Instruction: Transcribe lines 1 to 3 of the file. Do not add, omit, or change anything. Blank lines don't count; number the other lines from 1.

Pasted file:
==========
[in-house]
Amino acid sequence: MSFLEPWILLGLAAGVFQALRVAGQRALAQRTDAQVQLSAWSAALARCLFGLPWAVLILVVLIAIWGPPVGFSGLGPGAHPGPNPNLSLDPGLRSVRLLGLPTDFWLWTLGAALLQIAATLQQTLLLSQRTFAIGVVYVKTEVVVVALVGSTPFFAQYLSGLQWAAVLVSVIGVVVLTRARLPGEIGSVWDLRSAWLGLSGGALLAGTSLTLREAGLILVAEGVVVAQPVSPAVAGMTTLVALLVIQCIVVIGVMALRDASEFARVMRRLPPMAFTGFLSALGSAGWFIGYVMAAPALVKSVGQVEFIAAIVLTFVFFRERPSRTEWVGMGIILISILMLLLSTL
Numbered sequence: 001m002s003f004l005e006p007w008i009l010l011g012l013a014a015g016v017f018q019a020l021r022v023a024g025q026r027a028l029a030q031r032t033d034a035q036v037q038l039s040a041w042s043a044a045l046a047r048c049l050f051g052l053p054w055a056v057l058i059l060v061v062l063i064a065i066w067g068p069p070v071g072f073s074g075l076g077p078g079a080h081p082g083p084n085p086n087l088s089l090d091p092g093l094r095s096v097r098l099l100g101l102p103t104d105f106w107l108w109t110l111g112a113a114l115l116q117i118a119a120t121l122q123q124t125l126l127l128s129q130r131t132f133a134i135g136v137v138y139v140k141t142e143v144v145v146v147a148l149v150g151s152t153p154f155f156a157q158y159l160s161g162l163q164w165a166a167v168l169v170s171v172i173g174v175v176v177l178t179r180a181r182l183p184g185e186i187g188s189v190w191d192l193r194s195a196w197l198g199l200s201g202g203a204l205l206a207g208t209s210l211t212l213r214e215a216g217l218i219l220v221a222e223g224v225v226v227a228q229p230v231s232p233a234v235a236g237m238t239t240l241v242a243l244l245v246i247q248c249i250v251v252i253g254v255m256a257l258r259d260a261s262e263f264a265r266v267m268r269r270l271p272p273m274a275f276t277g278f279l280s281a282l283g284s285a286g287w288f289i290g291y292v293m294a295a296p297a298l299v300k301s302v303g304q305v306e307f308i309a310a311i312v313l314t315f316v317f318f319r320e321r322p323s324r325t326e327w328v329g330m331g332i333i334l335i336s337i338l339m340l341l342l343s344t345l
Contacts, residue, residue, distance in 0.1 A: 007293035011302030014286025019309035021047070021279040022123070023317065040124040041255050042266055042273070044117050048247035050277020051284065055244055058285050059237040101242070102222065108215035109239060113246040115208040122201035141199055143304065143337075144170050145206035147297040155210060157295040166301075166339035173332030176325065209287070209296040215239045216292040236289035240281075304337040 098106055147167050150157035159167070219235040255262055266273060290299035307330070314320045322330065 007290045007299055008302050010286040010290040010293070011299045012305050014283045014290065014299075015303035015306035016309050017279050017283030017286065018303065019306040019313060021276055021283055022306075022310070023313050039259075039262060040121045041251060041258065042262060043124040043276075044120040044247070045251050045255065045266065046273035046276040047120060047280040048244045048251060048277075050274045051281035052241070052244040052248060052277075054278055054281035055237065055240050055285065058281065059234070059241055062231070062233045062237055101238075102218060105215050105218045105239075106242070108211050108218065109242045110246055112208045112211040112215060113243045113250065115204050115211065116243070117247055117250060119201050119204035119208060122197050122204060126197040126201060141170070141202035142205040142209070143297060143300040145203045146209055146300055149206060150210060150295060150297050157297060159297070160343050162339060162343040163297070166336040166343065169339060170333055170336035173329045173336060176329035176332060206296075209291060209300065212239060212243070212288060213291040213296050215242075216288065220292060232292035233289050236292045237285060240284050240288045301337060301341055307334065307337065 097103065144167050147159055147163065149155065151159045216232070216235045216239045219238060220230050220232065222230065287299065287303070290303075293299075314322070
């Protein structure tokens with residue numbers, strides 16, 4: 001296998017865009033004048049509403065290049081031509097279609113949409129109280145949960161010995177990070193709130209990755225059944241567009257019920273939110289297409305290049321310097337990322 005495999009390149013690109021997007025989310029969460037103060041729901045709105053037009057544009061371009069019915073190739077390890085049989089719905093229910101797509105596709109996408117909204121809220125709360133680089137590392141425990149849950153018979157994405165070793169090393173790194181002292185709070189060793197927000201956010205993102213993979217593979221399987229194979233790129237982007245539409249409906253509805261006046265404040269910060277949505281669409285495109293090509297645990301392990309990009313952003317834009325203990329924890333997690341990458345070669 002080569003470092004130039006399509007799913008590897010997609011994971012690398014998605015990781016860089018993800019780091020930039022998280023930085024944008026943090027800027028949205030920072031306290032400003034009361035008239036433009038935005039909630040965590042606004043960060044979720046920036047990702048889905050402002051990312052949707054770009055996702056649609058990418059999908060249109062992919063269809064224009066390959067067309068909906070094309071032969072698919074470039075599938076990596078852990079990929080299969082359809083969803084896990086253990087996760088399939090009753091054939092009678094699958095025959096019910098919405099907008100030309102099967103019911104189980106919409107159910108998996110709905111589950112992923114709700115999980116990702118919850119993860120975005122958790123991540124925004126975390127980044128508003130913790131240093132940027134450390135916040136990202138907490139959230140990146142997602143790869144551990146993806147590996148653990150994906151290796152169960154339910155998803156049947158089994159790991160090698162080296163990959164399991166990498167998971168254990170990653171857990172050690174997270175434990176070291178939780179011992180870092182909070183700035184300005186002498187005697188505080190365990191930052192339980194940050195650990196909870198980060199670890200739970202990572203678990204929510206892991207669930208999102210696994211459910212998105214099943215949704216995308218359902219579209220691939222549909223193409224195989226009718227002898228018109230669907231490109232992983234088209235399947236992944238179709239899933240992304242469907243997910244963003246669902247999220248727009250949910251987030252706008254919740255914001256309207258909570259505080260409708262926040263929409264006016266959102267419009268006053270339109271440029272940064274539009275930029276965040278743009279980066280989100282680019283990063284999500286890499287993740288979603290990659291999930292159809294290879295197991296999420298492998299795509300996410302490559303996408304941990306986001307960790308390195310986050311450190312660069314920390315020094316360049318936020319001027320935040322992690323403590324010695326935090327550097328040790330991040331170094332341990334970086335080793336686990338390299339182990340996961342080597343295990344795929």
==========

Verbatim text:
[in-house]
Amino acid sequence: MSFLEPWILLGLAAGVFQALRVAGQRALAQRTDAQVQLSAWSAALARCLFGLPWAVLILVVLIAIWGPPVGFSGLGPGAHPGPNPNLSLDPGLRSVRLLGLPTDFWLWTLGAALLQIAATLQQTLLLSQRTFAIGVVYVKTEVVVVALVGSTPFFAQYLSGLQWAAVLVSVIGVVVLTRARLPGEIGSVWDLRSAWLGLSGGALLAGTSLTLREAGLILVAEGVVVAQPVSPAVAGMTTLVALLVIQCIVVIGVMALRDASEFARVMRRLPPMAFTGFLSALGSAGWFIGYVMAAPALVKSVGQVEFIAAIVLTFVFFRERPSRTEWVGMGIILISILMLLLSTL
Numbered sequence: 001m002s003f004l005e006p007w008i009l010l011g012l013a014a015g016v017f018q019a020l021r022v023a024g025q026r027a028l029a030q031r032t033d034a035q036v037q038l039s040a041w042s043a044a045l046a047r048c049l050f051g052l053p054w055a056v057l058i059l060v061v062l063i064a065i066w067g068p069p070v071g072f073s074g075l076g077p078g079a080h081p082g083p084n085p086n087l088s089l090d091p092g093l094r095s096v097r098l099l100g101l102p103t104d105f106w107l108w109t110l111g112a113a114l115l116q117i118a119a120t121l122q123q124t125l126l127l128s129q130r131t132f133a134i135g136v137v138y139v140k141t142e143v144v145v146v147a148l149v150g151s152t153p154f155f156a157q158y159l160s161g162l163q164w165a166a167v168l169v170s171v172i173g174v175v176v177l178t179r180a181r182l183p184g185e186i187g188s189v190w191d192l193r194s195a196w197l198g199l200s201g202g203a204l205l206a207g208t209s210l211t212l213r214e215a216g217l218i219l220v221a222e223g224v225v226v227a228q229p230v231s232p233a234v235a236g237m238t239t240l241v242a243l244l245v246i247q248c249i250v251v252i253g254v255m256a257l258r259d260a261s262e263f264a265r266v267m268r269r270l271p272p273m274a275f276t277g278f279l280s281a282l283g284s285a286g287w288f289i290g291y292v293m294a295a296p297a298l299v300k301s302v303g304q305v306e307f308i309a310a311i312v313l314t315f316v317f318f319r320e321r322p323s324r325t326e327w328v329g330m331g332i333i334l335i336s337i338l339m340l341l342l343s344t345l